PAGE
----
1983 Bok

From Wikipedia, the free encyclopedia
Jump to: navigation, search
1983 Bok
Discovery [1]
Discovered by E. Roemer
Discovery site Catalina Stn.
Discovery date 9 June 1975
Designations
MPC designation 1983 Bok
Named after
Bart Bok and
Priscilla Fairfield Bok[2]
1975 LB · 1950 RV
1963 UJ
main-belt · (middle)[3]
Orbital characteristics[1]
Epoch 16 February 2017 (JD 2457800.5)
Uncertainty parameter 0
Observation arc 65.73 yr (24,008 days)
Aphelion 2.8802 AU
Perihelion 2.3651 AU
2.6226 AU
Eccentricity 0.0982
4.25 yr (1,551 days)
214.14°
0° 13m 55.56s / day
Inclination 9.4136°
23.559°
346.54°
Physical characteristics
Dimensions 10.08 km (calculated)[3]
15±3 km[4]
15.70±0.24 km[5]
10.70±0.01 h[4]
0.034±0.015[5]
0.06±0.02[4]
0.10 (assumed)[3]
S[3] · C[4]
12.83±0.10[4] · 13.1[1][3] · 13.10±0.22[6] · 13.32[5]

1983 Bok, provisional designation 1975 LB, is a dark asteroid from the middle region of the asteroid belt, approximately 15 kilometers in diameter. It was discovered on 9 June 1975, by American astronomer Elizabeth Roemer at the Catalina Station of the UA's Steward Observatory in Tucson, Arizona.[7]

The presumed C-type asteroid is also classified as a S-type, despite its low albedo of less than 0.1.[3][4] It orbits the Sun at a distance of 2.4–2.9 AU once every 4 years and 3 months (1,551 days). Its orbit has an eccentricity of 0.10 and an inclination of 9° with respect to the ecliptic.[1] The first observation was taken at the Argentinian La Plata Astronomical Observatory in 1950, extending the asteroid's observation arc by 25 years prior to its discovery.[7]

In October 2014, the first rotational light-curve for this body was obtained by Italian astronomer Giovanni Battitsa Casalnuovo at the Eurac Observatory (IAU code#C62) in Bolzano, Italy. It gave a well-defined rotation period of 10.70±0.01 hours with a relatively high brightness variation of 0.46 in magnitude (U=3-).[4] The Italian astronomer also calculated an albedo of 0.06 for its surface and a diameter of 15±3 kilometers, in agreement with the survey carried out by the NEOWISE mission of NASA's Wide-field Infrared Survey Explorer which gave a diameter of 15.7 kilometers and an albedo of 0.034.[5] The Collaborative Asteroid Lightcurve Link assumes an albedo of 0.10 and consequently calculates a much smaller diameter of 10.08 kilometers.[3]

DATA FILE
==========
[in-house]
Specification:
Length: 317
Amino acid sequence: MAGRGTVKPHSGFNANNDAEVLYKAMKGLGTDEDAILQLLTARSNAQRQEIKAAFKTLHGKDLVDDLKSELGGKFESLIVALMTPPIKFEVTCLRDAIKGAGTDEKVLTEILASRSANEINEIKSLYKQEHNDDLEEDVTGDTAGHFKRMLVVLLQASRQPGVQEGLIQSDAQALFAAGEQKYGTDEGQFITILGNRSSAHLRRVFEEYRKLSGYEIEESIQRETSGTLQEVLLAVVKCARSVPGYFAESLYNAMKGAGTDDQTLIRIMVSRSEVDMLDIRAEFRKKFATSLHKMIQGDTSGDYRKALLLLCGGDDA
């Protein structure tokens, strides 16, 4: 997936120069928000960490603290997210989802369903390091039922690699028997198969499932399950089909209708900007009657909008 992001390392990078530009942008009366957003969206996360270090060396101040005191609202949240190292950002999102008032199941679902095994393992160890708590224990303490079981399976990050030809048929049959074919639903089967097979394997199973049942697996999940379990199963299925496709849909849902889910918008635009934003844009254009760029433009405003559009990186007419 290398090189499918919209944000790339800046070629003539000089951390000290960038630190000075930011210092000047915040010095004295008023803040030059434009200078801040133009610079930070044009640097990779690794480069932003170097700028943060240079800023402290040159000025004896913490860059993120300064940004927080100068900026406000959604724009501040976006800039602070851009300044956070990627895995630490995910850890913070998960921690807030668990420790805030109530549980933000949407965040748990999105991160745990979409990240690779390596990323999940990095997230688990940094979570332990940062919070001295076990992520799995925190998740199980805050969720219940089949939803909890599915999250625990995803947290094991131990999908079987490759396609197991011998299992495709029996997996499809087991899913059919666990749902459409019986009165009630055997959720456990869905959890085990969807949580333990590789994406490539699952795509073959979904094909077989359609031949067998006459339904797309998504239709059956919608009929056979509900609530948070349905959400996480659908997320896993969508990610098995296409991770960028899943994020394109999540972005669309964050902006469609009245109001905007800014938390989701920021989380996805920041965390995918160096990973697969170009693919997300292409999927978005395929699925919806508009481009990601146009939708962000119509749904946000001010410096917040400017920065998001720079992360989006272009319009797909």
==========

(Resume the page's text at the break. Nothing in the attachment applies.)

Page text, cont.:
The minor planet was named after the Duch-born astronomer couple Bart Bok (1906–1983) and Priscilla Fairfield Bok (1896–1975), in recognition for their contribution to astrometry of small Solar System bodies. Both astronomers studied the structure of the southern Milky Way and fostered astronomy in the Southern Hemisphere. This asteroid was the first numbered discovery made with the Stewart Observatory's 90-inch Bok Telescope. The body's name was proposed by the discovering astronomer and by Alan C. Gilmore from New Zealand.[2] Naming citation was published before November 1977 (M.P.C. 4158).[8]

References[edit]

  1. ^ a b c d "JPL Small-Body Database Browser: 1983 Bok (1975 LB)" (2016-06-06 last obs.). Jet Propulsion Laboratory. Retrieved 8 December 2016. 
  2. ^ a b Schmadel, Lutz D. (2007). Dictionary of Minor Planet Names – (1983) Bok. Springer Berlin Heidelberg. p. 160. ISBN 978-3-540-00238-3. Retrieved 25 October 2016. 
  3. ^ a b c d e f g "LCDB Data for (1983) Bok". Asteroid Lightcurve Database (LCDB). Retrieved 25 October 2016. 
  4. ^ a b c d e f g Casalnuovo, Giovanni Battitsa (April 2015). "Lightcurve Analysis for Seven Main-belt Asteroids". The Minor Planet Bulletin. 42 (2): 139–141. Bibcode:2015MPBu...42..139C. ISSN 1052-8091. Retrieved 25 October 2016. 
  5. ^ a b c d Masiero, Joseph R.; Mainzer, A. K.; Grav, T.; Bauer, J. M.; Cutri, R. M.; Nugent, C.; et al. (November 2012). "Preliminary Analysis of WISE/NEOWISE 3-Band Cryogenic and Post-cryogenic Observations of Main Belt Asteroids". The Astrophysical Journal Letters. 759 (1): 5. arXiv:1209.5794Freely accessible. Bibcode:2012ApJ...759L...8M. doi:10.1088/2041-8205/759/1/L8. Retrieved 25 October 2016. 
  6. ^ Veres, Peter; Jedicke, Robert; Fitzsimmons, Alan; Denneau, Larry; Granvik, Mikael; Bolin, Bryce; et al. (November 2015). "Absolute magnitudes and slope parameters for 250,000 asteroids observed by Pan-STARRS PS1 - Preliminary results". Icarus. 261: 34–47. arXiv:1506.00762Freely accessible. Bibcode:2015Icar..261...34V. doi:10.1016/j.icarus.2015.08.007. Retrieved 25 October 2016. 
  7. ^ a b "1983 Bok (1975 LB)". Minor Planet Center. Retrieved 25 October 2016. 
  8. ^ "MPC/MPO/MPS Archive". Minor Planet Center. Retrieved 25 October 2016. 

External links[edit]